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Re: "y" and "r" (Uusisuom)

From:Yoon Ha Lee <yl112@...>
Date:Sunday, April 1, 2001, 16:12
On Sun, 1 Apr 2001, Raymond Brown wrote:

> But Daniel has already told us that there is no {yy} in Uusisuom. > > I did raise the query what vowels can & canot be doubled in Uusisuom, but > have had no reply. I assume {uu} must indicate length; it's difficult to > see what else is meant, i.e. {uu} = [u:].
Ditto. I looked at the doubled consonants and wondered about them too; I think I've been treating them like doubled consonants in Japanese. (This is terrible--if the sound-set and syllable-structure look remotely compatible, I default to Japanese pronunciation. Then again, after starting French in middle school I went through a similar phase for "unknown" words.)
> I was under the impression that there was some sort of notional "general > American", but I may be mistaken. But there is certainly a notional > standard southern Brit English (even if, as And points out from time to > time, few actual adhere to it in its entirety).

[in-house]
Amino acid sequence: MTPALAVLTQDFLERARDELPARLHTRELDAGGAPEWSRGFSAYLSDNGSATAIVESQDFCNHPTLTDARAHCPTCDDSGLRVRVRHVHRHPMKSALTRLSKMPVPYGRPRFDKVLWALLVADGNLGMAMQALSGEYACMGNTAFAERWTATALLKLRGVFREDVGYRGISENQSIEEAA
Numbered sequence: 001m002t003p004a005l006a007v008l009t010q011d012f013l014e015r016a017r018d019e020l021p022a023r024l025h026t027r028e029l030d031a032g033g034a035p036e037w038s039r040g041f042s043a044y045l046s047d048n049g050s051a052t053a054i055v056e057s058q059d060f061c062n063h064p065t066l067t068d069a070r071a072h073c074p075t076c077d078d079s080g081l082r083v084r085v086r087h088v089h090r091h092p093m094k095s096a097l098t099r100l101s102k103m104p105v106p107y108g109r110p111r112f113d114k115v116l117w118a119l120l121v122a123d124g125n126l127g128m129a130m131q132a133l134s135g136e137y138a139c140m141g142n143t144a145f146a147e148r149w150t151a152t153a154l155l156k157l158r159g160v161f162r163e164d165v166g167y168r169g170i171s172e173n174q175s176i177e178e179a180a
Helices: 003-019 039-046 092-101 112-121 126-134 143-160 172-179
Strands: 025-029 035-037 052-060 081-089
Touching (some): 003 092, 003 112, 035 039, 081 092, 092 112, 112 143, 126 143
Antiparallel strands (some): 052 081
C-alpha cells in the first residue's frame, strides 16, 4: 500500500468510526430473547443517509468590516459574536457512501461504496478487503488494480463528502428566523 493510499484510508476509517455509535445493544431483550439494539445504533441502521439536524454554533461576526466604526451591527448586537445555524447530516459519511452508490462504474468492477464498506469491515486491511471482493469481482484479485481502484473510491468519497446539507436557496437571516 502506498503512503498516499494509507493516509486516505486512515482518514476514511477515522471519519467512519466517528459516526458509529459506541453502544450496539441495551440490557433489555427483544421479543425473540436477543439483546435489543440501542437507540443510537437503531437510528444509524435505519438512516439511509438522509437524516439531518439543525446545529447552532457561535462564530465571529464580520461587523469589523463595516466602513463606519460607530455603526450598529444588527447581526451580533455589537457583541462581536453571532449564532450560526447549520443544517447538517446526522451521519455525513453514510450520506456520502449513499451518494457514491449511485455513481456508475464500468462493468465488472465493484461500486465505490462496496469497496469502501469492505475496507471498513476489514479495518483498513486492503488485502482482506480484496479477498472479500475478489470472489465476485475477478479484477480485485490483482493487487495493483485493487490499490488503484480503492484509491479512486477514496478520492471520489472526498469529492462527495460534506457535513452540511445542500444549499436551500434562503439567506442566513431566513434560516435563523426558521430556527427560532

Beats me. <wry g> I *have* had people congratulate me on having "no accent," but accent's such a vague term (and as a Korean-American friend of mine, also a native speaker of English from birth or near-birth, always wanted to respond, "Thank you--neither do you"). I've occasionally observed that if anything military people tend to have a bit of Southern-ish drawl, but I may be drawing from a really skewed sample.
> -------------------------------------------------------------------- > At 12:12 pm -0500 31/3/01, Yoon Ha Lee wrote: > [snip] > > > >(I was going to say Hong Kong and India > >probably, > > Hong Kong - probably, unless now adopting the American standard - but India > has developed its own, distinctive variety of English.
Ah. You're right; I was thinking of an Indian math prof I have this semester who does sound quite British to my uneducated ear, but most of the other Indian English-speakers I've met do have a sort of, hmm, up-and-down pitch lilt that's really kind of neat (except for the guy in that math class who keeps muttering answers to the prof's questions too low and too fast for anyone, including the prof, to actually hear what he said--but that would be annoying in *any* language). YHL